In the tenth chapter of Luke we are told that when the lawyer who was willing to justify himself asked of Jesus, "Who is my neighbor?" he received a reply in the form of a story or parable in which was related the experience of the man who fell among thieves and was left wounded by the wayside. The priest and the Levite, we read, came along that way but passed by on the other side. No doubt they would have many ways of justifying their action. They might contend that they did not know who the man was or how he had got into his strange distressing situation, and that no doubt he was responsible for it in some way. Then they had their own feelings, position, and reputation to consider; there might be danger of causing themselves some trouble or unpleasant experience by meddling in something which was none of their business. They acted on the safe side of self-protection. When the Samaritan came along, however, he forgot to take into consideration his own interests. He saw a fellow being in distress needing the help which he was able to give, and the chief thing that seemed to occupy his attention was how he could give the most help in the best way. The unselfish feeling here displayed is one of the best examples of true kindness that could be found.

The word kindness we find is from the same derivation as that of kin or kindred,—being of the same race, kind, or family,—so that kindness in its truest and largest sense is the recognition of the brotherhood of man. The true brotherhood can be comprehended, however, only as we understand through Christian Science the unity of man with God, and the consequent close relationship of individuals to one another. The only thing that can interfere with this unity is a wrong or mistaken sense, which must necessarily take the form of unkindness in some way or other. In "Miscellaneous Writings" (p. 18) Mrs. Eddy writes, "Only by admitting evil as a reality, and entering into a state of evil thoughts, can we in belief separate one man's interests from those of the whole human family, or thus attempt to separate Life from God." Unkind thoughts are always selfish thoughts, which poison the mentality entertaining them and create discord among brethren, unless antidoted by thoughts of Truth and Love.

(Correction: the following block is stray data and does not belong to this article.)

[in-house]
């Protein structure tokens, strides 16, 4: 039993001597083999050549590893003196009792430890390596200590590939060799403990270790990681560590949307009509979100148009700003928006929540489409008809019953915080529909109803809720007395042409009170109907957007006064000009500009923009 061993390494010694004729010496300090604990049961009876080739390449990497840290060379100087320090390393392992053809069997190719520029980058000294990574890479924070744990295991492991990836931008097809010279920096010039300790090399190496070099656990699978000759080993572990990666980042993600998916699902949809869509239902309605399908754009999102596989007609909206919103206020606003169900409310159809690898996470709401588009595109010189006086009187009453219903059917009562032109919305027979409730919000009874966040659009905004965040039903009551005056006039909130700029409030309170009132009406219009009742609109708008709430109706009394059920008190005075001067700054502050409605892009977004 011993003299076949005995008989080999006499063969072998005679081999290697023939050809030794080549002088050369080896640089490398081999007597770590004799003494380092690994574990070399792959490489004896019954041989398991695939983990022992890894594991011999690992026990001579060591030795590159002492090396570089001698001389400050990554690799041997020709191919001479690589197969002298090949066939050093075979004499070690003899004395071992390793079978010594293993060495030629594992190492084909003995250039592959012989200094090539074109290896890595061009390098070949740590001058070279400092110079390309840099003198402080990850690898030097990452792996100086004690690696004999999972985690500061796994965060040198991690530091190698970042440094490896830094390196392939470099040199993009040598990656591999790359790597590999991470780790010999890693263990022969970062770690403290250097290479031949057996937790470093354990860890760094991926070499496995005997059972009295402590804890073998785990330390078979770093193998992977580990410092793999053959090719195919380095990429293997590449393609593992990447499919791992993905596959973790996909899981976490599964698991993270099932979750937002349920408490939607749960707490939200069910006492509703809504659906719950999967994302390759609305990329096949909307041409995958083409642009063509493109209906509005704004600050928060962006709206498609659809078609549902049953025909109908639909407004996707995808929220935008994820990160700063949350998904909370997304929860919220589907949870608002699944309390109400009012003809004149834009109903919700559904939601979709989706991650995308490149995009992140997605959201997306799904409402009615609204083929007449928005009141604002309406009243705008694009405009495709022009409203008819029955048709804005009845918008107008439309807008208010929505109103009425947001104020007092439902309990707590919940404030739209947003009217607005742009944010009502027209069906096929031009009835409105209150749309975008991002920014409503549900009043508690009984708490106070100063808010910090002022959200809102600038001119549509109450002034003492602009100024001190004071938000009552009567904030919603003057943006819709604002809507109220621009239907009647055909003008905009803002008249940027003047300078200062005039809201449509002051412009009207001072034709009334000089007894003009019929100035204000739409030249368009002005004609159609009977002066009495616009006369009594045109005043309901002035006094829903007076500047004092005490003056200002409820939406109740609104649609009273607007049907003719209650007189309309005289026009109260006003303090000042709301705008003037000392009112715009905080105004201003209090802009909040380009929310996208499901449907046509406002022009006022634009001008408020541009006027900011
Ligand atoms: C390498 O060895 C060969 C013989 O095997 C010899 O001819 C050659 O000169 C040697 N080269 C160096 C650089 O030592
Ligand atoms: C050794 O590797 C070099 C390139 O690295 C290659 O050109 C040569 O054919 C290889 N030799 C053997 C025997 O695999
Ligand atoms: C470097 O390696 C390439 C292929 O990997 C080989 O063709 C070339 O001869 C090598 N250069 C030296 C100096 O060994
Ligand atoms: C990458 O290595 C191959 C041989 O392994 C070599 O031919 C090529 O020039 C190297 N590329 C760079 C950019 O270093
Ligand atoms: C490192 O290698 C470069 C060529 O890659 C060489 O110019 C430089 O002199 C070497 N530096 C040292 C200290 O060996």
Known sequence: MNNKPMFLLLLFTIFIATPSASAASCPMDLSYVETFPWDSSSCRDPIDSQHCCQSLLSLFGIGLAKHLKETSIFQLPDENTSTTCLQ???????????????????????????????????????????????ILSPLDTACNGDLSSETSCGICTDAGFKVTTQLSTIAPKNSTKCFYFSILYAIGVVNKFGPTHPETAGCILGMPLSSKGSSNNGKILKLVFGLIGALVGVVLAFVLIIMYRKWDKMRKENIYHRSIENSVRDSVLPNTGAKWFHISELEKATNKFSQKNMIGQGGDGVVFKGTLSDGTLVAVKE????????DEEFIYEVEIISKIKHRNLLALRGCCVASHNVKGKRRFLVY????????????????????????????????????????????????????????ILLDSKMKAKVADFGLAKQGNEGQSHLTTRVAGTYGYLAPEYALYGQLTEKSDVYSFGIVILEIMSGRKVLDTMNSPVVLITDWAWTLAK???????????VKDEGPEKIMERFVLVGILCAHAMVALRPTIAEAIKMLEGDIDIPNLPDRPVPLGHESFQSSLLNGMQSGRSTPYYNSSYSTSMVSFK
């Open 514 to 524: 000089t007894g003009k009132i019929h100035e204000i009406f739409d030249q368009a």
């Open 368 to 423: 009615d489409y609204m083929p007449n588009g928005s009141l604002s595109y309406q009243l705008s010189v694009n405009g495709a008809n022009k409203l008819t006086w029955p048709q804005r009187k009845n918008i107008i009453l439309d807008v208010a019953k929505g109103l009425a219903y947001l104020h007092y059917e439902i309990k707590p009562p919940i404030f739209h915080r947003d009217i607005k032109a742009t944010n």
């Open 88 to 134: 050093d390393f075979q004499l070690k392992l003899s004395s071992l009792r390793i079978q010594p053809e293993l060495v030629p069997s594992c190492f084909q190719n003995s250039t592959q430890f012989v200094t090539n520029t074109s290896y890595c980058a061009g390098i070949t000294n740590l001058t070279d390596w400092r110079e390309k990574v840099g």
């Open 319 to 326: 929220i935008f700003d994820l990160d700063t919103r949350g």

It is important that we consider the unity of interests among mankind. We are all very closely linked together. The welfare of one cannot be injured without affecting the interests of another, nor can one be benefited without all sharing the blessing. "None of us liveth to himself, and no man dieth to himself," says the apostle. The first to repudiate any responsibility for his brother's welfare was Cain, the first murderer on record in the Bible. But after all it was not because Cain had failed to be his brother's keeper, but because he had failed to be his own keeper that the mischief had occurred. Had he kept his own thoughts under control of kindness, he never could have committed such a breach of brotherhood.

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The True Metaphysical Student
November 4, 1916

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